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I started some new hives this year and becasue of poor honey flow it looks like they won't have enough supplies in the hive body to overwinter very well. I've never fed during the winter and I'd like some suggestions. This is the Chicago area so temperatures go below freezing for extended periods.
 

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In your location, you need to feed during the late summer through the Fall. The goal is to get them to store your feed to use during the winter. Depending on how light the hives are will deternime the amount you will need to feed.
One mistake I have seen with people feeding, but not feeding enough. You will need to be making gallons of feed to get some weight on your hives. Shop around and see if you can get sugar in 25lb or a 50 lb bag. Target seem to have a 10lb bag at a good price right now.
 

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Start feeding sugar/water now at a 1:1 ratio, they might suck down 1/2 gallon to a gallon of syrup a day so to save some money buy a 25 lb bag of sugar! Wouldnt hurt to put some pollen substitute patties in the hive as well. In few weeks check inside the hive to inspect the progress! If you still need to feed later on remember that the sugar ratio for fall feeding goes to 2:1 ratio..(2 parts sugar/1 part water) Right now your bees should be atleast bringing in pollen, sometime walk out to your hive and watch your bees go in and out of the hive and see what they are bringing in!! Good Luck!
 

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This year I went for bees instead of honey and expanded my apiary from 3 to 8 hives and 3 nucs. The bees have drawn over 100 frames of foundation and another 20-30 foundationless. That being said, there is very little honey in each hive so I'm feeding 2:1 right now. They are definitely taking a gal every 2 days. I've put 15 gal on 6 hives since last Saturday. The queens are all still laying like crazy as all of the hives have over a super of eggs/larvae/brood and the workers have packed several frames of pollen per hive. The flow has just been poor and there was very little honey left after making all the comb.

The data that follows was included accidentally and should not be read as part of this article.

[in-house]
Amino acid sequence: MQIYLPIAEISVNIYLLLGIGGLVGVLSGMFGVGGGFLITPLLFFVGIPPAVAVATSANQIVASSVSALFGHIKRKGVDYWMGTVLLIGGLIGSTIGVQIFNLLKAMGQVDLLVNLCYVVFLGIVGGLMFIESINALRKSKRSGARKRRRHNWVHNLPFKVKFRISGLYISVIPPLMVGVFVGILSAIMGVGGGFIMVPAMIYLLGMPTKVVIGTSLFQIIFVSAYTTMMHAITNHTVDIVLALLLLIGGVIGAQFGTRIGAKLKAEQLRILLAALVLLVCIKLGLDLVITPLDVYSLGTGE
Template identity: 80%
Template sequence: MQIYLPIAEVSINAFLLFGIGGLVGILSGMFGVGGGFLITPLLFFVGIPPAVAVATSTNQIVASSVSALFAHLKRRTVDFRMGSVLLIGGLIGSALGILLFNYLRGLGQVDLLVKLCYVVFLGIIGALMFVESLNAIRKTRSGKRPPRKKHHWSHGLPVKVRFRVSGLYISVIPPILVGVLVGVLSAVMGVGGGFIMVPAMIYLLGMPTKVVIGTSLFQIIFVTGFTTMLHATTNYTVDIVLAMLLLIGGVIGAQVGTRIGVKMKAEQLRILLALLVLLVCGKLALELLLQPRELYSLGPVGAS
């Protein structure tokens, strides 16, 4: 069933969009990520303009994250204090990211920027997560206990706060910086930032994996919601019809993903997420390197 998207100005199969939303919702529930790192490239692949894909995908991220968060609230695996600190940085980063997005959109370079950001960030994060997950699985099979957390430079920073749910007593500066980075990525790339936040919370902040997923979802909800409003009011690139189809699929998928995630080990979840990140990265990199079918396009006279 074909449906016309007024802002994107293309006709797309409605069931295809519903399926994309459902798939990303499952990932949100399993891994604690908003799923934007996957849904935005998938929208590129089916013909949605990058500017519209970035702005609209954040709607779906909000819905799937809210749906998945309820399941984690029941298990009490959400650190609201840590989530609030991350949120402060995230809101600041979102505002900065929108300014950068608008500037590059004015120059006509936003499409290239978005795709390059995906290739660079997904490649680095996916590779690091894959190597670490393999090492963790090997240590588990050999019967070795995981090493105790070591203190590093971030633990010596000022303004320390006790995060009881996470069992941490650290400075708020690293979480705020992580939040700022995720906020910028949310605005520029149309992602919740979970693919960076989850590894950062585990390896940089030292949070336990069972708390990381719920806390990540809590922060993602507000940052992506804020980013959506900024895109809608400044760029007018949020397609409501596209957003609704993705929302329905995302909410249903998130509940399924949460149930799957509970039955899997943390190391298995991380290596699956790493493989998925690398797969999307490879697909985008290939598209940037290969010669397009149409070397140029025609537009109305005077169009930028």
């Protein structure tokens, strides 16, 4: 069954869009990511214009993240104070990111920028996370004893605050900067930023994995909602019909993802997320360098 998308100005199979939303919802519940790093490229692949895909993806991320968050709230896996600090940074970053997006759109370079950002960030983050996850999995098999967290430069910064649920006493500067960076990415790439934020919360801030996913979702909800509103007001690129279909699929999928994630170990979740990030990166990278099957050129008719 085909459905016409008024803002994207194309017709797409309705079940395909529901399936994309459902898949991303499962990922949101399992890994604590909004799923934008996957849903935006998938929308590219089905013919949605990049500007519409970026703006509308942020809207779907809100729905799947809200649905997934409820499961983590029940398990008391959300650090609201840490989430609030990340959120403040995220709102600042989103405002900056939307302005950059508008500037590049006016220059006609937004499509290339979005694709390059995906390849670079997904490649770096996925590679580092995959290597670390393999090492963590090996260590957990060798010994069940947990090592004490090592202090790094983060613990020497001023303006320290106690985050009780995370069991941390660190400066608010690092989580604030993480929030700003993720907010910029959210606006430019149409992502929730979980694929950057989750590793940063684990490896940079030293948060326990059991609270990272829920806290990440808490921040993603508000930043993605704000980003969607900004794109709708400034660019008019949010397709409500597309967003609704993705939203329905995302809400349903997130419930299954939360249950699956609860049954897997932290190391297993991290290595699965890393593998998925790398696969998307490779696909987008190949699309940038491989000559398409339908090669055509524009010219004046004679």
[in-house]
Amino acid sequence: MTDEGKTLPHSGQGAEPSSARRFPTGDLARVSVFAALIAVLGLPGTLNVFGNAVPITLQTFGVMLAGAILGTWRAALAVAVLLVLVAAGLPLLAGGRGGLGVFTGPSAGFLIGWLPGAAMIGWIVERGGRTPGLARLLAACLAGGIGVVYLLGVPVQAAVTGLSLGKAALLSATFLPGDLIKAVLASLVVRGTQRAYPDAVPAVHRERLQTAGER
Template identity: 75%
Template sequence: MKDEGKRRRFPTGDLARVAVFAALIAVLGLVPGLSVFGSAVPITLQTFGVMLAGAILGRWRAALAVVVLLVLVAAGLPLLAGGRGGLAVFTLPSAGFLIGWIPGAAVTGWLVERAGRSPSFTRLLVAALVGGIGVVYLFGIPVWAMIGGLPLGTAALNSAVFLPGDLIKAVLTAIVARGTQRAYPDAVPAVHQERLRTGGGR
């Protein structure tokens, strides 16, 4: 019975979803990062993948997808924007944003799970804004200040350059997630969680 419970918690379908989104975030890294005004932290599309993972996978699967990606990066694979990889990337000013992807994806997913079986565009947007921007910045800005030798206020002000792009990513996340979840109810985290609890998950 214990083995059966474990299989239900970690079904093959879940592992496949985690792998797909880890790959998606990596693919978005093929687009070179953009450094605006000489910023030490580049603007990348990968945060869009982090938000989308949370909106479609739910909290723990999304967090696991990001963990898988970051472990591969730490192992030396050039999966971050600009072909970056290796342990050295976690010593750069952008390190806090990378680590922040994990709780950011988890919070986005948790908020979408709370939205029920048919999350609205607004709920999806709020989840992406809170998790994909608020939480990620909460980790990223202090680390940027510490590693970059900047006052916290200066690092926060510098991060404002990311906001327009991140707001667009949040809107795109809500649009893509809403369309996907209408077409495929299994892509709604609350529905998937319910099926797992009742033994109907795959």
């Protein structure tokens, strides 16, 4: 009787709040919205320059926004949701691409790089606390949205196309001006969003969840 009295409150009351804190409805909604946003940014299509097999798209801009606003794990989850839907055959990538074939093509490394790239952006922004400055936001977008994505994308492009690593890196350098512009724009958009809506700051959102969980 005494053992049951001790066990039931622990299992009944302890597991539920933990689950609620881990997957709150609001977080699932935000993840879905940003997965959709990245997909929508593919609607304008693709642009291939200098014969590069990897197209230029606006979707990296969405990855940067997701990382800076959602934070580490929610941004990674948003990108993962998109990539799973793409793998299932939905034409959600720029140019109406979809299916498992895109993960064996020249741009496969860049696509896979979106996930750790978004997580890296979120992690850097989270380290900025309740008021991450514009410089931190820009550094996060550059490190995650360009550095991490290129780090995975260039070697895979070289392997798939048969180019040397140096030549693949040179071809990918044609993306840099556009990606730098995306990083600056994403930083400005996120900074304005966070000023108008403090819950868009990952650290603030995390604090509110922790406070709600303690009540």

Remember to feed early enough that they can cap it before it gets too cold. I'm planning on feeding another 200lbs of sugar before end of Sep.
 

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Your winters start abit later than ours. We start to feed early September. Closer to Sept 1 as possible. Our bees take in about 5-7 gallons of feed 2:1 ratio. Get it on earlier rather than later so the bees can dry it down and prep it for winter. Feeding too late will create condensation in the hives. We use pails inverted on the tops of the hives.
When we had only a few hives, we fed sugar syrup. When that got to be an un-manageable thing for us, we bought HFCS. This year with our change in companies we supply our bulk honey to, we are going with sucrose.
I have heard of guys using a 5 gallon pail to feed. And they take it in really fast, which is good. For me though we use 2.5 gall pails and refill. 5 gall pails are just plain to heavy for me to lift.
Some beeks use hive top feeders. I have learned that a hive that is on the bit weaker side will not be able to use the hive top feeder especially if it gets colder. They do better on inverted pails. That said, I have learned alot the last few years and will not winter weaker hives. They just don't make it and feeding gets costly. I will be more inclined to combine two weaker hives, pinching the weaker of the two queens (sometimes that is a guess) rather than feeding two hives. I have had better luck this way. By the way, that is two healthy but weaker hives. Weaker because they got a late start, not weaker due to mites or disease.
If you are a treating beek, this is when we treat also. Remember if you are using strips to treat mites...like Apivar (not sure your brand), it works on contact with the bees. So placing it in the top brood box is pointless since they will fill it with feed and move lower down, reducing the effacy of the strips considerably.
We winter in doubles and wrap and provide windbreaks for the hives.
 
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